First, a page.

Exploring new constructs of authoritarian leadership : an empirical study on paternalism in Hong Kong

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Exploring new constructs of authoritarian leadership : an empirical study on paternalism in Hong Kong

 

Author: Wai, Yau-hang Andre
Title: Exploring new constructs of authoritarian leadership : an empirical study on paternalism in Hong Kong
Degree: D.B.A.
Year: 2010
Subject: Hong Kong Polytechnic University -- Dissertations
Leadership -- China -- Hong Kong.
Paternalism -- Economic aspects -- hina -- Hong Kong
Labor discipline -- hina -- Hong Kong
Department: Graduate School of Business
Pages: 135, 6, 2 leaves : ill. ; 30 cm.
InnoPac Record: http://library.polyu.edu.hk/record=b2394268
URI: http://theses.lib.polyu.edu.hk/handle/200/5996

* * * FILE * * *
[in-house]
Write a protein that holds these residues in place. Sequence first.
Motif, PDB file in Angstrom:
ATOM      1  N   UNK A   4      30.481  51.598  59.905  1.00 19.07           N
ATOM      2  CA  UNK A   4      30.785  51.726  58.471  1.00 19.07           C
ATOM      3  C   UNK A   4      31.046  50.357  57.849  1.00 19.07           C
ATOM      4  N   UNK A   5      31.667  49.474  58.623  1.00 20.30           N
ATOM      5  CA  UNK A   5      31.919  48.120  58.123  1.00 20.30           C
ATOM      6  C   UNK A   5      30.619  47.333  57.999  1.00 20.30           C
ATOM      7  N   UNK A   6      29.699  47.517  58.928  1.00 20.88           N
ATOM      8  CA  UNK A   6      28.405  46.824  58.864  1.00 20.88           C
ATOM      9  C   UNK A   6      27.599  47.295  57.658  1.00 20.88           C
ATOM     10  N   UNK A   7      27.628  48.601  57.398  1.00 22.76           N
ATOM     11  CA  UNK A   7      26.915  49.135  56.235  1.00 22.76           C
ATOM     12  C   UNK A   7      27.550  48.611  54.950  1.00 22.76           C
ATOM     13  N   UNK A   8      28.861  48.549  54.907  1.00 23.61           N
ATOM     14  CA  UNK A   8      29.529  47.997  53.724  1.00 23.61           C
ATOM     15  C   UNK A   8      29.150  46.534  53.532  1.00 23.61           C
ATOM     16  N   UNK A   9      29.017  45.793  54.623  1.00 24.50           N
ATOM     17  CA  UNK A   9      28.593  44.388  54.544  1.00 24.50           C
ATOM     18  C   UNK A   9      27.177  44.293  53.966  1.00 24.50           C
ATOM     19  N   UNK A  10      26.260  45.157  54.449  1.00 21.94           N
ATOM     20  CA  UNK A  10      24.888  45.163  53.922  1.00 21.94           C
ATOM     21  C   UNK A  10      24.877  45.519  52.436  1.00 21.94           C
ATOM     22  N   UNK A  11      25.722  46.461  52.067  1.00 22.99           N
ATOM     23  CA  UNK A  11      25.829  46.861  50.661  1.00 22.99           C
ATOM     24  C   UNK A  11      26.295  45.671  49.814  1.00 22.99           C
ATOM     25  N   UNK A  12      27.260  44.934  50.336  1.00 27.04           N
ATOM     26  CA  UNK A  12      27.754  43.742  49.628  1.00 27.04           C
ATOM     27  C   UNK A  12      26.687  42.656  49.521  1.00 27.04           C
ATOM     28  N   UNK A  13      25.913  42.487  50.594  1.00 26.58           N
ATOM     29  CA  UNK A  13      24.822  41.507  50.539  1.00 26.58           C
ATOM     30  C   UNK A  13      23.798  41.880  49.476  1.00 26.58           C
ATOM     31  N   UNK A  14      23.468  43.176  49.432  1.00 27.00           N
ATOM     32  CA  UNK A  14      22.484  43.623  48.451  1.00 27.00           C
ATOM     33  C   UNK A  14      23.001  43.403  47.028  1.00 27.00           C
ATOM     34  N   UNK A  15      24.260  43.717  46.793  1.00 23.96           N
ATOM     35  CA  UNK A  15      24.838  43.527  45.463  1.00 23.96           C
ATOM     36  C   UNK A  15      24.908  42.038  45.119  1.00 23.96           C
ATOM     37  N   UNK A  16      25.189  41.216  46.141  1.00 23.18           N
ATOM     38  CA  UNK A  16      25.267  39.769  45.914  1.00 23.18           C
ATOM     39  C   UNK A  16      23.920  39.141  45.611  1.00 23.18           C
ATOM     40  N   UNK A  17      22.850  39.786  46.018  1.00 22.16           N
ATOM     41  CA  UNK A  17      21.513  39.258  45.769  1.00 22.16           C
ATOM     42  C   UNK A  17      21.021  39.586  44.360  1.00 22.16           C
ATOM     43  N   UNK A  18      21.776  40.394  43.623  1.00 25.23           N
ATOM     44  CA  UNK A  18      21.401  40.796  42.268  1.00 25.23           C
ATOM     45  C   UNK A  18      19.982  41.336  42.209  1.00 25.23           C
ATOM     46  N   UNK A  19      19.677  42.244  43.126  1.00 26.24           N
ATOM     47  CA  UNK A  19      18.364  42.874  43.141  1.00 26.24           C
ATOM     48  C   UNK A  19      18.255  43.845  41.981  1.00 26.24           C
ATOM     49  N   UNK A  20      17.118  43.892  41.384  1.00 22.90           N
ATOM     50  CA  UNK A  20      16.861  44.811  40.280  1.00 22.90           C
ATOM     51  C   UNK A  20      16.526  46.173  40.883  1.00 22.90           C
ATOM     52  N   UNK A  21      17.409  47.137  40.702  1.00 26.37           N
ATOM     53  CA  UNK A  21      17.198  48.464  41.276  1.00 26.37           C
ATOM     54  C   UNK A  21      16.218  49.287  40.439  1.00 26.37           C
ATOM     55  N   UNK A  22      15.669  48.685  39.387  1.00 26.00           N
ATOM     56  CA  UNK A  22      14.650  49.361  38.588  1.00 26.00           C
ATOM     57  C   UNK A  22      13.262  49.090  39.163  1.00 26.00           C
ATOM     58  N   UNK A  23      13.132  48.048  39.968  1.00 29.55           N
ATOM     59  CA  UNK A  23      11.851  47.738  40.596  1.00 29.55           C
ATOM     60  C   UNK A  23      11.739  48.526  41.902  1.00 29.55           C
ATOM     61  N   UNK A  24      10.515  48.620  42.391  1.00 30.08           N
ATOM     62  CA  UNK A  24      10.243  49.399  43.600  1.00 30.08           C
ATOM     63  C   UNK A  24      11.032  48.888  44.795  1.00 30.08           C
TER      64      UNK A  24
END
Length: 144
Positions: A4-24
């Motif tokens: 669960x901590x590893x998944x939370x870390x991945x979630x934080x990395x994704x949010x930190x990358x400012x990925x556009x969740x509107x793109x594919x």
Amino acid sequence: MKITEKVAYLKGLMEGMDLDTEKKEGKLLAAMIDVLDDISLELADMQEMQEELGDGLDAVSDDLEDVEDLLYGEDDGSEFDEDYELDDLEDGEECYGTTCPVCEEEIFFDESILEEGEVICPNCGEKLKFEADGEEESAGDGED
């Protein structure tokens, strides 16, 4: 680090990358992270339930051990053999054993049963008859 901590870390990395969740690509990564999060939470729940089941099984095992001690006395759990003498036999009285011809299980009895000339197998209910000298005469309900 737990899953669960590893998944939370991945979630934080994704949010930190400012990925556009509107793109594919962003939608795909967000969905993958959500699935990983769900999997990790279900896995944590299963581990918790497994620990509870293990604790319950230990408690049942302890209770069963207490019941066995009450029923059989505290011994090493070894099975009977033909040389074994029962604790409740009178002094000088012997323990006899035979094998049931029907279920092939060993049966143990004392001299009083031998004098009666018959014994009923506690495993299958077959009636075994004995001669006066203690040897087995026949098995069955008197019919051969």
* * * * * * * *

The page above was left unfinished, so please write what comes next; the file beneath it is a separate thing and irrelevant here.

Abstract: Paternalistic leadership is a flourishing research area in management literature, however there is considerable disparity among authors with respect to the definition and effectiveness of paternalistic practices (Pellegrini, 2008). Despite different definitions offered by academia, researchers have typically defined paternalistic leadership as "a style that combines strong discipline and authority with fatherly benevolence" (Farh & Cheng, 2000: 91). In return of this paternal care and protection, employees are expected to show loyalty, respect, and compliance to the leader (Aycan, 2006). The objectives of this research are (1) to verify the relationship of paternalistic leadership, subordinate's psychological responses and staff's work outcomes; (2) to explore the nature of the new construct domains of Authoritarian Leadership: Tight Control, and Strict Discipline through a deeper analysis on staff's in-role/extra-role work outcomes. As far as the literature is concerned, no journals on "Tight Control" and "Strict Discipline" in the context of paternalism could be found and these two constructs are not empirically tested before. In this thesis, I collected sample pairs of managers and staff from a Hong Kong based financial services institution, 203 valid dyads are used and they were scattered in 45 sales teams. In the first part of my study, I took reference of Farh et a1. (2000,2006) paternalistic leadership model and confirmed that the subordinate's psychological responses i.e. fear of leader, gratitude and obligation to pay back and, respect and identification correspond strongly with the three dimensions of paternalistic leadership, i.e. authoritarian, benevolence and moral leadership. Secondly, this paper confirmed that subordinate's fear of leader fully mediate the negative relationship between authoritarian leadership and organizational citizenship behavior (OCBO). Such that, high level of authoritarian leadership creates high level of fear, which in turn negatively affects staff's OCBO. In addition, I found that fear of leader mediates the relationship between Tight Control and Strict Discipline style of leadership and OCBO; identification also mediates the relationships between Tight Control and Strict Discipline styles of leadership and OCBO. Interestingly, the way that Tight Control relates to fear of leader and identification with leader are quite opposite to how Strict Discipline relates to these two staff responses. Tight Control style of leadership. relates positively to fear of leader but negatively to identification; on the contrary, Strict Discipline strongly relates to these two psychological responses in the totally opposite directions. My study argued that subordinates may not automatically respond negatively to authoritarian leadership, the results show that subordinates respond positively to Strict Discipline which might kindle their potential while they respond negatively to Tight Control which implies demanding for unquestionable obedience.

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